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Paying For A Drink

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Beware The Corporate Theft Of Public Water

By James Donahue

As if big corporations haven’t done enough to control our lives and rob our wealth, now they are busy seizing control of world water supplies. Some cities and local governments are fighting back.

Taking the spotlight in this remarkably silent battle has been Stockton, California, where citizen have risen up against a movement launched by former Mayor Gary Podesto to give control of the water system to global water corporations. A Citizens Coalition, the Sierra Club and League of Women Voters joined forces to file a lawsuit to stop not only the privatization of the city’s water, but wastewater and storm water utilities. They won the battle in Superior Court but the Stockton City Council has appealed the ruling so the fight goes on.

Alarmingly, similar battles are going on in Lexington, Kentucky, Holyoke, Massachusetts and Mecosta County, Michigan.

There has been a strange coalition between governments and corporations in the promotion of the privatization of a wide range of services that have long been the function of government. This has included the operation of prisons, nursing homes, and even fighting our wars. The concept of water privatization under the guise of efficiency has been quietly creeping into the picture as well.

Beware! There is nothing efficient or cost effective about a corporate takeover of public services, and especially the sale of basic resources like drinking water. Take the example of Felton, California, where the local regional water utility was purchased in 2001 by California American Water. This company is a subsidiary of American Water, which in turn is a subsidiary of Thames Water of London, which in turn is a wing of the German corporation RWE. One resident of Felton saw a monthly water bill jump from $250 to $1,275.

A recent report by Fred Pearce for Alternet noted that something has been going on in the world “that has hardly been mentioned, and that some believe is the great slow-burning, and hopelessly underreported resource crisis of the Twenty-First Century: water. Climate change, overconsumption and the alarmingly inefficient use of this most basic raw material are all to blame.”

Pearce warned that major world rivers are being sucked dry to irrigate food crops and provide drinking water for heavily populated areas. “We are also pumping out underground water reserves almost everywhere in the world.”

One of the worst examples of wasting precious fresh water resources I have seen was occurring in the high desert of Arizona when my wife and I lived briefly on the Navajo Reservation in 2006. The Peabody Coal Company was heavily involved in strip mining of coal on the Navajo and Hopi Reservation lands, and drawing high volumes of water from a giant fresh water reservoir known to exist several hundred feet below. Instead of trucking the coal, the company was using that precious resource of fresh water to move the coal along large slues to electric generating plants operating sometimes hundreds of miles away. The power plants were generating electricity for big metropolitan areas in California.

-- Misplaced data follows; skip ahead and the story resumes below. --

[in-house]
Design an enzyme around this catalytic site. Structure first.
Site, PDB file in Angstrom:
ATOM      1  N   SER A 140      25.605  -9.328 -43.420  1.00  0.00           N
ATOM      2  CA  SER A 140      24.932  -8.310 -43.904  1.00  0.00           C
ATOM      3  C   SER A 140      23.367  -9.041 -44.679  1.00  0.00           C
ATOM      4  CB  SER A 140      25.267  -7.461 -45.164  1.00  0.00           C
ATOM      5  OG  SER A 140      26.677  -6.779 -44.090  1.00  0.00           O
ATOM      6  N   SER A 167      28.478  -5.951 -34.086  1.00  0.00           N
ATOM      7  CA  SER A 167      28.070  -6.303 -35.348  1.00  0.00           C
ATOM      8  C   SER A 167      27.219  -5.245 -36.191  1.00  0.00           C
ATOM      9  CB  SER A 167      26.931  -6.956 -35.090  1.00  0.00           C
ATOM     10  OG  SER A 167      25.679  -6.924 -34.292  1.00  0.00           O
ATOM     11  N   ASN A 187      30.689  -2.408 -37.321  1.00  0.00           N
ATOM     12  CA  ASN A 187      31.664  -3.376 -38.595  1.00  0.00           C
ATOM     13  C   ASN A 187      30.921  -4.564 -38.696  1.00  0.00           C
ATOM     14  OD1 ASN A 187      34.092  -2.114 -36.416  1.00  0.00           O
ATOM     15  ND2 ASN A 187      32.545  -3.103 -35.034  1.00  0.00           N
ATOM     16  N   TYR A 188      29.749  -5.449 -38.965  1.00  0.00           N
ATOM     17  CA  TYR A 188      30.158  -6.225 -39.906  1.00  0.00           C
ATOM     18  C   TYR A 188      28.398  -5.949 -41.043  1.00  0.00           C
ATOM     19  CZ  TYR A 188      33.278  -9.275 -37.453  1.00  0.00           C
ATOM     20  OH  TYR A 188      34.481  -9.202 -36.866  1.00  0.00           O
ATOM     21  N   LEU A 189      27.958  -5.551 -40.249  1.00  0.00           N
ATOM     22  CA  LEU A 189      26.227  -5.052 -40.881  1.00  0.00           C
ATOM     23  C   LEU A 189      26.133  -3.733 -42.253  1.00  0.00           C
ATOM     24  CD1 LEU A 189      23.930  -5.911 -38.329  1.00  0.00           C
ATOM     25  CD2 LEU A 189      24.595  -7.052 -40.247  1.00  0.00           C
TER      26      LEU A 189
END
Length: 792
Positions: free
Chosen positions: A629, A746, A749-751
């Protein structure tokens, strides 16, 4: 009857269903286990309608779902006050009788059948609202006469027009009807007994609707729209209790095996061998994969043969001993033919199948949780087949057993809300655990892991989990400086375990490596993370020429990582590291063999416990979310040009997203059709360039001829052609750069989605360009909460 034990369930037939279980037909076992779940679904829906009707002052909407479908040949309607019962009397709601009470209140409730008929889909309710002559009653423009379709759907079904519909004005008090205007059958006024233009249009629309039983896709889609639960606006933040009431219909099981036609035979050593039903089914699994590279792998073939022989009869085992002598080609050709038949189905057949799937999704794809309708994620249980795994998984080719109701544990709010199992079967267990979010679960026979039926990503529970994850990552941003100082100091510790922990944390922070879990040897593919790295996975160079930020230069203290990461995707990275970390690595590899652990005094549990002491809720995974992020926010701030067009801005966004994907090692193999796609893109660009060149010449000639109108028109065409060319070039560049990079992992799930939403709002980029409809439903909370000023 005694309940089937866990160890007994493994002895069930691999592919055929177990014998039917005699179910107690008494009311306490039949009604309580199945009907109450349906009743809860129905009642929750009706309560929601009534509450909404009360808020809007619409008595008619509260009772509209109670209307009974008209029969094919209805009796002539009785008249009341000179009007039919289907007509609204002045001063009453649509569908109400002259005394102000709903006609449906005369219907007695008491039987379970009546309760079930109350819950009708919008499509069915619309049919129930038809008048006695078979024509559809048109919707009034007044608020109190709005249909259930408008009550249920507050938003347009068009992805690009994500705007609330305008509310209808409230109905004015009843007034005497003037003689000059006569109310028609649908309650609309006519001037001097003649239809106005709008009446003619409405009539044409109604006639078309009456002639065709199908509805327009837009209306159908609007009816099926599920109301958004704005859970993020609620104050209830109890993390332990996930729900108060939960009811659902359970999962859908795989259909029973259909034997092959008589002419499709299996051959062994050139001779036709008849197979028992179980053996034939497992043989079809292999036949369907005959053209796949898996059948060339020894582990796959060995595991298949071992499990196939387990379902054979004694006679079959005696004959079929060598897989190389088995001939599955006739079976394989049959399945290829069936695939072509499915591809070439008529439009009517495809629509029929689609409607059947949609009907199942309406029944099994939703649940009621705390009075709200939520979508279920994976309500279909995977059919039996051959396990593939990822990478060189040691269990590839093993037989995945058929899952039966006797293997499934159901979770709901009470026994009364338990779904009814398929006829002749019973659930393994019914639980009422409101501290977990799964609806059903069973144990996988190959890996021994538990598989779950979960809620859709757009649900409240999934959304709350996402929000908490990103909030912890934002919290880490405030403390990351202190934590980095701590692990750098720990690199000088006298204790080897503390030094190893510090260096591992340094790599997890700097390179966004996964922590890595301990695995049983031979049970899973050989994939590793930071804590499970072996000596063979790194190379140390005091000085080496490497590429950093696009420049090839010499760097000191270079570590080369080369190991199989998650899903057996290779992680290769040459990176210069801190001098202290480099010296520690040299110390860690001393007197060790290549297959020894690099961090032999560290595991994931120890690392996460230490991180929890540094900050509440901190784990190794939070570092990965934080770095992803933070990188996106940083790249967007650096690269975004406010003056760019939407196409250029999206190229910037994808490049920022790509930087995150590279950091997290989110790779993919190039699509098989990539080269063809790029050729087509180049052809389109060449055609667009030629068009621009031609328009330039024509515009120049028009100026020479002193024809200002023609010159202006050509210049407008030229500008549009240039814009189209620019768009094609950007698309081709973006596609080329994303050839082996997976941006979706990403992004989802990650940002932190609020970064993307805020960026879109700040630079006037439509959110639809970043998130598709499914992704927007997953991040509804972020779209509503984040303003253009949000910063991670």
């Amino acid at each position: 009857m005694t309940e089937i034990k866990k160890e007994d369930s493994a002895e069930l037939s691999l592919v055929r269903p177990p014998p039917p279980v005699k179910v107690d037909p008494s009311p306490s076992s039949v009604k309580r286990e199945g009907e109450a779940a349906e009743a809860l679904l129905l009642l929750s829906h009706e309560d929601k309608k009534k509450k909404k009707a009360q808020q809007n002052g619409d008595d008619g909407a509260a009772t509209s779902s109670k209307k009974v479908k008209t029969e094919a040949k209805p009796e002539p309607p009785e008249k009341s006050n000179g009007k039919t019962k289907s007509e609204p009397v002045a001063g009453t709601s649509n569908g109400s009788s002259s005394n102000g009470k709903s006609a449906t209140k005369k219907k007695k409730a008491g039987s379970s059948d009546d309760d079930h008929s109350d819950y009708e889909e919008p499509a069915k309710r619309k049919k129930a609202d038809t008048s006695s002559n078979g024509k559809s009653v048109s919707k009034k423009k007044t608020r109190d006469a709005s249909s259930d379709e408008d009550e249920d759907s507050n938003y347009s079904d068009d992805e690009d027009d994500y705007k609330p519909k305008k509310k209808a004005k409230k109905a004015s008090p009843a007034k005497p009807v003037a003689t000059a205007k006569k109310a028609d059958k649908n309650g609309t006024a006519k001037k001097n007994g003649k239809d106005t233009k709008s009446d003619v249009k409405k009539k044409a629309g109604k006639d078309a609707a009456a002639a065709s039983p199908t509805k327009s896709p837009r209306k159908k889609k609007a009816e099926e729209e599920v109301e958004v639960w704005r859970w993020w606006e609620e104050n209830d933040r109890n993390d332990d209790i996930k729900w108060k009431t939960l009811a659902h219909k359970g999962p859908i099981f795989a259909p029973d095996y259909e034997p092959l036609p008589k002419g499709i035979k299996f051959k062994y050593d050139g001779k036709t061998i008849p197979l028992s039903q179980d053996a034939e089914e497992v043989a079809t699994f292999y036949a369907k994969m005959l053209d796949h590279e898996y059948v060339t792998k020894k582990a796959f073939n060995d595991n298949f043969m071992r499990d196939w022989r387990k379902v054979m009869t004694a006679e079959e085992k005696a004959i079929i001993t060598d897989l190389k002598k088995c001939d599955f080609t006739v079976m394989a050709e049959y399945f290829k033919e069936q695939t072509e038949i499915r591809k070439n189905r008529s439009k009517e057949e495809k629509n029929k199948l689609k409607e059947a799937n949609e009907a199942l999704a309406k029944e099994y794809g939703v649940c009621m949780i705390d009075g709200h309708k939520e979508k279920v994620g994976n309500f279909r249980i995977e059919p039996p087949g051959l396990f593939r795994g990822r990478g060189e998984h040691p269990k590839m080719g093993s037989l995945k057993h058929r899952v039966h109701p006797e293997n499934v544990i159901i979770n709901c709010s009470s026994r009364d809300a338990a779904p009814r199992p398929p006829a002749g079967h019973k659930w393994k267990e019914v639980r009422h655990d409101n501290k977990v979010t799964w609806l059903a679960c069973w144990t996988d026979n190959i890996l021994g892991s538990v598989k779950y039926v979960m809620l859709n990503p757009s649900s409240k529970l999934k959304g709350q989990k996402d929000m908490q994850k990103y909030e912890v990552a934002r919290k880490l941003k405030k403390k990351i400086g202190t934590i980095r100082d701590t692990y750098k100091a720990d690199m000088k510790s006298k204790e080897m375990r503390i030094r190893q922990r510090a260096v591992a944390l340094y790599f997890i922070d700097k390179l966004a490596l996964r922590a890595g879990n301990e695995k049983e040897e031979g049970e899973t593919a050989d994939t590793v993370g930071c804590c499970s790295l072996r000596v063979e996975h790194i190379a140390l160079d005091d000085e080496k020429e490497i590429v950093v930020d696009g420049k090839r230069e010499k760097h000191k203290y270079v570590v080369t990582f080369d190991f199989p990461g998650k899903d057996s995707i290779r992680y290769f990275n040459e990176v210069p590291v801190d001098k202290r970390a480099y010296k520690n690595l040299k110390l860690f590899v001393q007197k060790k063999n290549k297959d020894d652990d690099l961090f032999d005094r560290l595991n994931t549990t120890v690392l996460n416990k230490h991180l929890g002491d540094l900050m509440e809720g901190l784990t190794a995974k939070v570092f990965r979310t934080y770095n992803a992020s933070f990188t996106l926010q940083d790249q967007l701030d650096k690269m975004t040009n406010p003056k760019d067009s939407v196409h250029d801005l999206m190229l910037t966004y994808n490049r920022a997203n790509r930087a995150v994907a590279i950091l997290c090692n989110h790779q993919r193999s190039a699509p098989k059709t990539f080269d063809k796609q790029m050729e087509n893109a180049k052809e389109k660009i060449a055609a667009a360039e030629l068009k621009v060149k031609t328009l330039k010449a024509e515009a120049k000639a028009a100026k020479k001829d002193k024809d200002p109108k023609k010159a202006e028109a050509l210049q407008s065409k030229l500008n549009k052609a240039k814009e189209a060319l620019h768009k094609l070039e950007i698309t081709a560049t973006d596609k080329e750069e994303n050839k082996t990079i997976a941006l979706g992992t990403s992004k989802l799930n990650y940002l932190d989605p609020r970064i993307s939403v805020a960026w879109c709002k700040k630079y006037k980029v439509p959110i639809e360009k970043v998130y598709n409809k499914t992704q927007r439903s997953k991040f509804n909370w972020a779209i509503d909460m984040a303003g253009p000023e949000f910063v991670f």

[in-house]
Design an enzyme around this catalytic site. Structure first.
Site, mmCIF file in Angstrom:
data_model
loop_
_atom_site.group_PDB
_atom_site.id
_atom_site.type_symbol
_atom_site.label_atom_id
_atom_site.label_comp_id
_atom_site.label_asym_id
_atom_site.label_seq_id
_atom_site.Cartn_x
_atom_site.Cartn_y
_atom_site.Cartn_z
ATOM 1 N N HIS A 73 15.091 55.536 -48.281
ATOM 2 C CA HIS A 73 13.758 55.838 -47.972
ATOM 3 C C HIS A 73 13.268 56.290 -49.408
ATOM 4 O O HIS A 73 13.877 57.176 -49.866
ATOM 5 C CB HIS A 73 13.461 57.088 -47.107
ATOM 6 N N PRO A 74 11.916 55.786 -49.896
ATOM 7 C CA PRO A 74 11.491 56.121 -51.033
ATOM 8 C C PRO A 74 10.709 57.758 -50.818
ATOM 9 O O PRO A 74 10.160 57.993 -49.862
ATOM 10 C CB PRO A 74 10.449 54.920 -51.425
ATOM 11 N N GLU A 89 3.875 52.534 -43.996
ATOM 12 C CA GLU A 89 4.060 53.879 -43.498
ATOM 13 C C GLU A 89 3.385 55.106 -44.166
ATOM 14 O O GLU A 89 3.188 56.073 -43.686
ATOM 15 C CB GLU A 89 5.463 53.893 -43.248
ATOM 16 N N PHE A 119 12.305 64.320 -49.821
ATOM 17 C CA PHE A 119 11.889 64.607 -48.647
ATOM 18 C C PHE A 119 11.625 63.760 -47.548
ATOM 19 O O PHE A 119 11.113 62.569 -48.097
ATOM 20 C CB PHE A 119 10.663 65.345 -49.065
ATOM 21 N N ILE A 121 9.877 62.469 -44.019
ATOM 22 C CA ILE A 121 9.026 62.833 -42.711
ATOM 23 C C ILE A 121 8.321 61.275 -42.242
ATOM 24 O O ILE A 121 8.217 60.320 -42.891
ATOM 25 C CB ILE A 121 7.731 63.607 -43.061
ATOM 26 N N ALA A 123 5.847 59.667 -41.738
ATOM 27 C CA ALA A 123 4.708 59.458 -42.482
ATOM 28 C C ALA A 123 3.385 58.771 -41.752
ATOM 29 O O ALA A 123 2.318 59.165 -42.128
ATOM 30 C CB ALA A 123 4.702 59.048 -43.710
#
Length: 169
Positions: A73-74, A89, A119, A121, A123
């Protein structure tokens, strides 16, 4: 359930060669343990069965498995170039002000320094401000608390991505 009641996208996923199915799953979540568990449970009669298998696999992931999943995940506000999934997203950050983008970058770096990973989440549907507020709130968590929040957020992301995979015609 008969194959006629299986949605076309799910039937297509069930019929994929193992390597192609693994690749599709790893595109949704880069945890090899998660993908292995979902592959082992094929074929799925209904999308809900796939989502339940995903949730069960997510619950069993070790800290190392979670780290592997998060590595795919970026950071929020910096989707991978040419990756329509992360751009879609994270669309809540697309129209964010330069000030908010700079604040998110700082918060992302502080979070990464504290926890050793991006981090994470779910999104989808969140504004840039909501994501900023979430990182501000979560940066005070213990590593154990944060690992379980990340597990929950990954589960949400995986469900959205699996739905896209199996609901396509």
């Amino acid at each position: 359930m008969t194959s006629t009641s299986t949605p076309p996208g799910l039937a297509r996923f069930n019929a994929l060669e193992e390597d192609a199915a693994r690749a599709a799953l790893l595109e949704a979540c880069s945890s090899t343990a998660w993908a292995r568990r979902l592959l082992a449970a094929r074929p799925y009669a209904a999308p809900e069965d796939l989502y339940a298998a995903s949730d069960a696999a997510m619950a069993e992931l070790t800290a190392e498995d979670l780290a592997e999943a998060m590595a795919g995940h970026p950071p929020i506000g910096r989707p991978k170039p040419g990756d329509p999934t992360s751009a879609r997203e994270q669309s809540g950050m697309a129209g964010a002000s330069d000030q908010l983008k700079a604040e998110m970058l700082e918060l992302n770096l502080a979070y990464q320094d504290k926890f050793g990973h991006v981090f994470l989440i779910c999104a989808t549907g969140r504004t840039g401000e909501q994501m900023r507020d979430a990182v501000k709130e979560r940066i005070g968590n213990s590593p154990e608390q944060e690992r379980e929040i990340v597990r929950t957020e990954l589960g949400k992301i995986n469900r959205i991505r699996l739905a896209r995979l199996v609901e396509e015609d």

The Navajo and Hopi knew that water was there. They used pumps operated by windmills to draw this water into watering troughs for the livestock that grazed on the open range. When driving on the open roads across the miles and miles of high desert, we could see the many windmills standing like sentinels across the landscape. But even when we were there, the natives were expressing concern because their water wells were running dry and the cattle were thirsty.

Now, as the world water crisis grows worse, the move by private corporations to seize control of the last great water resource is gaining steam. Alan Snifow and Deborah Kaufman, in a recent PBS documentary “Thurst,” warn that  “climate change is a warning that uncontrolled abuse of the earth’s natural resources is leading toward planetary catastrophe. Who is to set the necessary limits to the abuse of the environment? Private companies fighting for market share are incapable of doing so.”

Adding to the growing water crisis has been the recent economic collapse which in turn is stressing the budgets of states, counties and local cities. Our dinking and wastewater systems, most of them designed a century ago, are in serious need of replacement. Without the money to do this costly work, many communities find themselves on the brink of disaster. Water main leaks and contamination issues are becoming common problems everywhere. In many areas, people are turning to bottles of purchased drinking water rather than trust the water coming out of their taps. The ubiquitous plastic water bottles are so common we see them almost everywhere, including our corporate board rooms, city council meetings and in our cars.

Corporations have not missed an opportunity to seize the financial advantages of getting involved in “helping” solve the water crisis. They are offering public officials an easy way out. They will make the improvements, run the aging water and sewer plants and save the cities millions of dollars. And they will pass the costs on to consumers, along with a demand for corporate profits.

Pearce summed up the water issue when he wrote: “For too long we have seen water as a cheap and unlimited resource. Those days are coming to an end – not only in dry places, but everywhere. For if the current world food crisis shows anything it is that in an era of global trade in ‘virtual water’ local water shortages can reverberate throughout the world.”